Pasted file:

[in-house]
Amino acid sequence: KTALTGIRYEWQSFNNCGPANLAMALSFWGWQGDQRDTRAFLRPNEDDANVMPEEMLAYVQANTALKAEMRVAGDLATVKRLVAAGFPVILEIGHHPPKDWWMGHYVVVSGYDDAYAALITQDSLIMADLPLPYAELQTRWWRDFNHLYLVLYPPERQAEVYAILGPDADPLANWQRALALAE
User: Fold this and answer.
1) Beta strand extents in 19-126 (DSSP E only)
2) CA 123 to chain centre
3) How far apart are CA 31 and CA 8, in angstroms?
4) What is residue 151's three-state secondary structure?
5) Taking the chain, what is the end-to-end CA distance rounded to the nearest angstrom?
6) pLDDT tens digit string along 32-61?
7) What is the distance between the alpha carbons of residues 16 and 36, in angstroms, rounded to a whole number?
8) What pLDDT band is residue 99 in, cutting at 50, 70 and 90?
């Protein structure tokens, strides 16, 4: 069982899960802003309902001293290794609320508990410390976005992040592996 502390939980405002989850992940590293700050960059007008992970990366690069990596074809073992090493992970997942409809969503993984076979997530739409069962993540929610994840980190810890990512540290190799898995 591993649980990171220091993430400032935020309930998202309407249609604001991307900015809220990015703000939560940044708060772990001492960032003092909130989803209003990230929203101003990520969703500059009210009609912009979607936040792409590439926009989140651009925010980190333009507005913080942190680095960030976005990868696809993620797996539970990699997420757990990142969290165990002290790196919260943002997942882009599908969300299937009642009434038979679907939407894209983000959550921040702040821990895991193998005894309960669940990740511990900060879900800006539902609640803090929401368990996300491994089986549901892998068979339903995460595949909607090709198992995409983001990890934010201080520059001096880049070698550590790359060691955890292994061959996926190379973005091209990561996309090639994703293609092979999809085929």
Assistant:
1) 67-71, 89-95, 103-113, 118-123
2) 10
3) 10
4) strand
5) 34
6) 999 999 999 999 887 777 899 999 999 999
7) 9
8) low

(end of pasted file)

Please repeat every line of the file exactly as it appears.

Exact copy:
[in-house]
Amino acid sequence: KTALTGIRYEWQSFNNCGPANLAMALSFWGWQGDQRDTRAFLRPNEDDANVMPEEMLAYVQANTALKAEMRVAGDLATVKRLVAAGFPVILEIGHHPPKDWWMGHYVVVSGYDDAYAALITQDSLIMADLPLPYAELQTRWWRDFNHLYLVLYPPERQAEVYAILGPDADPLANWQRALALAE
User: Fold this and answer.
1) Beta strand extents in 19-126 (DSSP E only)
2) CA 123 to chain centre
3) How far apart are CA 31 and CA 8, in angstroms?
4) What is residue 151's three-state secondary structure?
5) Taking the chain, what is the end-to-end CA distance rounded to the nearest angstrom?
6) pLDDT tens digit string along 32-61?
7) What is the distance between the alpha carbons of residues 16 and 36, in angstroms, rounded to a whole number?
8) What pLDDT band is residue 99 in, cutting at 50, 70 and 90?
């Protein structure tokens, strides 16, 4: 069982899960802003309902001293290794609320508990410390976005992040592996 502390939980405002989850992940590293700050960059007008992970990366690069990596074809073992090493992970997942409809969503993984076979997530739409069962993540929610994840980190810890990512540290190799898995 591993649980990171220091993430400032935020309930998202309407249609604001991307900015809220990015703000939560940044708060772990001492960032003092909130989803209003990230929203101003990520969703500059009210009609912009979607936040792409590439926009989140651009925010980190333009507005913080942190680095960030976005990868696809993620797996539970990699997420757990990142969290165990002290790196919260943002997942882009599908969300299937009642009434038979679907939407894209983000959550921040702040821990895991193998005894309960669940990740511990900060879900800006539902609640803090929401368990996300491994089986549901892998068979339903995460595949909607090709198992995409983001990890934010201080520059001096880049070698550590790359060691955890292994061959996926190379973005091209990561996309090639994703293609092979999809085929």
Assistant:
1) 67-71, 89-95, 103-113, 118-123
2) 10
3) 10
4) strand
5) 34
6) 999 999 999 999 887 777 899 999 999 999
7) 9
8) low